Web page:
After a rough few years, Vietnam’s economy is now slowly but steadily recovering amid a surge of direct foreign investment.
Until 2008 Vietnam was expanding at above 8 percent annually and lauded as one of the so-called "tiger" economies of southeast Asia. But growth siezed up in 2009, according to data from Trading Economics. Since 2012 the nation's growth rate has languished under 6 percent. But it would appear that the worst is over – GDP in the first nine months of the year grew 5.14 percent. That's faster than the 4.9 percent first-half growth, according to Standard Chartered research published this week. The reports pegged third quarter at 5.4 percent.
Most of the recovery is driven by foreign direct investment (FDI), which remained strong despite sluggish growth. In the first 10 months of the year, registered FDI rose 95.8 percent to $13.1 billion while disbursed FDI rose 6.4 percent to $9.6 billion, and the country is well positioned to attract even more investment in the coming years.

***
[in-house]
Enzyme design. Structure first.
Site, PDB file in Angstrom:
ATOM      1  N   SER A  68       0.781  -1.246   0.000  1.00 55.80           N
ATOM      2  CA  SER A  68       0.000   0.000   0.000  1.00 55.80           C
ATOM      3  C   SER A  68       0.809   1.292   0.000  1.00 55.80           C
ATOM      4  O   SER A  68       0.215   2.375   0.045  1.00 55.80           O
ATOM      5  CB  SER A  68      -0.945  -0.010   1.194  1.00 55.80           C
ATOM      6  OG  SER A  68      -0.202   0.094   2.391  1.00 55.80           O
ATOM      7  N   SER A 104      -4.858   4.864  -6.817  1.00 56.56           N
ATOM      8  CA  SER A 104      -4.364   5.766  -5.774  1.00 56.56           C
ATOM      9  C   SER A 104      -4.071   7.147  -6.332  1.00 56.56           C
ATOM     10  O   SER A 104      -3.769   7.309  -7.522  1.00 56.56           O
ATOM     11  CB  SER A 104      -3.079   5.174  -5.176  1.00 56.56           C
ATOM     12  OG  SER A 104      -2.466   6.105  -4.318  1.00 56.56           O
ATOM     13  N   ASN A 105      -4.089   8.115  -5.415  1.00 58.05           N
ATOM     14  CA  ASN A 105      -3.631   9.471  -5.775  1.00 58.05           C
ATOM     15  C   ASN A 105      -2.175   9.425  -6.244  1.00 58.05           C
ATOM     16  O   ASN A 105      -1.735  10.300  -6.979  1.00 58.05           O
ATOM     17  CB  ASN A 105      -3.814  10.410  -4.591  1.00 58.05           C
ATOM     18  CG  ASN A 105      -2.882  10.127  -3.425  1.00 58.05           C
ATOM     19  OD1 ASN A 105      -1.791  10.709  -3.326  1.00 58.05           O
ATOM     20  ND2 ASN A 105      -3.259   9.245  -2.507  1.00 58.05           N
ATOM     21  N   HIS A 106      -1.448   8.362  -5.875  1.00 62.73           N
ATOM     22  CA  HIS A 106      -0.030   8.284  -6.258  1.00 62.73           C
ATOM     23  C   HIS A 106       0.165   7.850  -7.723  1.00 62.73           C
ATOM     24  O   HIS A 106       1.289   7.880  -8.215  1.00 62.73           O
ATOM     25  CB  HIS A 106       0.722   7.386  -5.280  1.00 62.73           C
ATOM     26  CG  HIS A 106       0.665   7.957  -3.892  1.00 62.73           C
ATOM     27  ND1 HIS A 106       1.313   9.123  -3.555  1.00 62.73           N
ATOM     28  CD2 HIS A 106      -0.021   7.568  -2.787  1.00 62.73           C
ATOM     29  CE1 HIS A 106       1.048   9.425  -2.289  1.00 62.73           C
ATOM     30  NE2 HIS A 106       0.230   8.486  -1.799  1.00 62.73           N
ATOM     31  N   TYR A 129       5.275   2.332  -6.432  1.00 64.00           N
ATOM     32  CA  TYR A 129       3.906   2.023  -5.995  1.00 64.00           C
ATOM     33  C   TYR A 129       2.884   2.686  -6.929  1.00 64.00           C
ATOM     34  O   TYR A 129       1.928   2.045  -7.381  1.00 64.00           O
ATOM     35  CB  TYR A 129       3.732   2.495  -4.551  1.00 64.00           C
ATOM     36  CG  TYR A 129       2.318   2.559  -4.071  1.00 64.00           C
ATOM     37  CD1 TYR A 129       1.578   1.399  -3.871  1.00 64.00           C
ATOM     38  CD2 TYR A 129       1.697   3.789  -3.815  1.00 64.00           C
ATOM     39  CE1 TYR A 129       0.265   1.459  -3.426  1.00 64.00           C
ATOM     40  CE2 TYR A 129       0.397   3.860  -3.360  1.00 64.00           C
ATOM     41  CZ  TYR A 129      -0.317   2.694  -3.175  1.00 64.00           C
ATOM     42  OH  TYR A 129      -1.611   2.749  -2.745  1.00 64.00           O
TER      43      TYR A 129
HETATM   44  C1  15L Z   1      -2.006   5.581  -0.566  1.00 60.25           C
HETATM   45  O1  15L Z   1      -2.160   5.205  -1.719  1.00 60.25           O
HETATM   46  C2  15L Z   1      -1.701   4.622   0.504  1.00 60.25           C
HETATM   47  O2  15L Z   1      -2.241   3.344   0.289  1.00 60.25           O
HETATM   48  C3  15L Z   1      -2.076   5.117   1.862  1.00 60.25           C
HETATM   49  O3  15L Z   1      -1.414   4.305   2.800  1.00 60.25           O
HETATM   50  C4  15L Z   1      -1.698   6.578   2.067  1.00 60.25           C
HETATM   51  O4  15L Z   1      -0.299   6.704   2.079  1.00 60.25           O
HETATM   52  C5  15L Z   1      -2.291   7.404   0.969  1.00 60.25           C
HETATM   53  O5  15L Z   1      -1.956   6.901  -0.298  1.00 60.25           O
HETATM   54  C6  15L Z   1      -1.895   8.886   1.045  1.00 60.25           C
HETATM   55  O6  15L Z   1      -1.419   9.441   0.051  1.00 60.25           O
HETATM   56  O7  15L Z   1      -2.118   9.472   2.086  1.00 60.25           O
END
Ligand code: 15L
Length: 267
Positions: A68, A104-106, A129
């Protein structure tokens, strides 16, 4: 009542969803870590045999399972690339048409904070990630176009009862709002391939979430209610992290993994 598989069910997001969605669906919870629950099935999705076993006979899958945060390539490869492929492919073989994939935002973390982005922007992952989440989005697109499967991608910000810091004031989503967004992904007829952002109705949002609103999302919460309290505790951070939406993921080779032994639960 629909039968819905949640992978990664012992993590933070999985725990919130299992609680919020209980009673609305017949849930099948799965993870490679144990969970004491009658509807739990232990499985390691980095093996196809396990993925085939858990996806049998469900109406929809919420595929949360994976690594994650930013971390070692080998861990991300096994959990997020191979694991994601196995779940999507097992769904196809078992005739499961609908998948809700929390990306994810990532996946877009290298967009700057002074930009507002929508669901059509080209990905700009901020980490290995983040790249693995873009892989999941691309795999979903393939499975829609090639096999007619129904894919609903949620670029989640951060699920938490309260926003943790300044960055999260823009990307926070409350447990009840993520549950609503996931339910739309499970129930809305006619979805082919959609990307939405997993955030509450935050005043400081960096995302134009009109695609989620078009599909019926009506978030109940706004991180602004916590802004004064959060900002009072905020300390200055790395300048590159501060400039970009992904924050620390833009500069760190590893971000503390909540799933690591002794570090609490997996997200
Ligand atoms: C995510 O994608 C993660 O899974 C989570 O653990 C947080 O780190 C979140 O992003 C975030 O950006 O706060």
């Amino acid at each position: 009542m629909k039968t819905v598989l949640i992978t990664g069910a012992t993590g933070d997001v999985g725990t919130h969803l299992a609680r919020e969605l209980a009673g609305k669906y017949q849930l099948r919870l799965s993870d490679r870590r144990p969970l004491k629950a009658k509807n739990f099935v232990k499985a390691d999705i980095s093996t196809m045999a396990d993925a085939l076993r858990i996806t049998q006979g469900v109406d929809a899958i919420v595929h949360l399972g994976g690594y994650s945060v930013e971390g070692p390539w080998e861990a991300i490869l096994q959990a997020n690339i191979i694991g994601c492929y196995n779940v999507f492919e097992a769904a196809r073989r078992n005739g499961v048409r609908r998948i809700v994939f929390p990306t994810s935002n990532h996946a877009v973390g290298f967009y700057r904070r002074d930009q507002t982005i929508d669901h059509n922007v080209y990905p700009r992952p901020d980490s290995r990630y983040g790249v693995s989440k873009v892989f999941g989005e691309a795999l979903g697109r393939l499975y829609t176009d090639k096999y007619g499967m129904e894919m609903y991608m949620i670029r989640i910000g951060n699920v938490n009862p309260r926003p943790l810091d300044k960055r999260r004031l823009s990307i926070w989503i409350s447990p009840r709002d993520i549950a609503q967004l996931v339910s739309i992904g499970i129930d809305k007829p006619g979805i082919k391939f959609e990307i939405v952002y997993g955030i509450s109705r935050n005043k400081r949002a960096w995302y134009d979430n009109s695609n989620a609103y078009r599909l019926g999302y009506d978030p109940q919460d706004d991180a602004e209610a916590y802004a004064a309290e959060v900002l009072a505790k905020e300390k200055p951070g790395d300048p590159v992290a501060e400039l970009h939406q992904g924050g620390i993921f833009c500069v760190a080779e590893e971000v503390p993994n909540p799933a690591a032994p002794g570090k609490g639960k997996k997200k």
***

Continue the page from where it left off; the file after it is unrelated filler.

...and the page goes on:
Standard Chartered surveyed a number of China-based manufacturing clients that are considering relocating and investing in the Mekong region, where Vietnam is located. Most cite China’s rising labor and operating costs as well as a labor shortage for the relocation, and Vietnam could receive a large portion of that investment, attracting business with its roughly 52 million-person workforce.
Vietnam also has a relatively modern and efficient infrastructure, ranking 53rd out of 155 countries in Logistics Performance Index, according to the World Bank. It enjoys a stable electricity supply with a power grid that covers more than 90 percent of its land, a considerable advantage compared to less developed countries in Southeast Asia like Myanmar, where only 30 percent of the country’s population has some access to electricity.
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Exports rose about 17 percent in 2013's first 10 months despite weak external demand, the Standard Chartered note said. What’s more remarkable is that Vietnam is beginning to shift from traditional low-end products to higher-end electronics, which have surpassed textiles to become the country’s top export. Not surprisingly then, 70 percent of registered FDI in the first 10 months went to the manufacturing sector.
Structural issues in banking, state-owned enterprises and the real estate sectors may impede growth in the short term though, and growth near 2008 levels is unlikely anytime soon.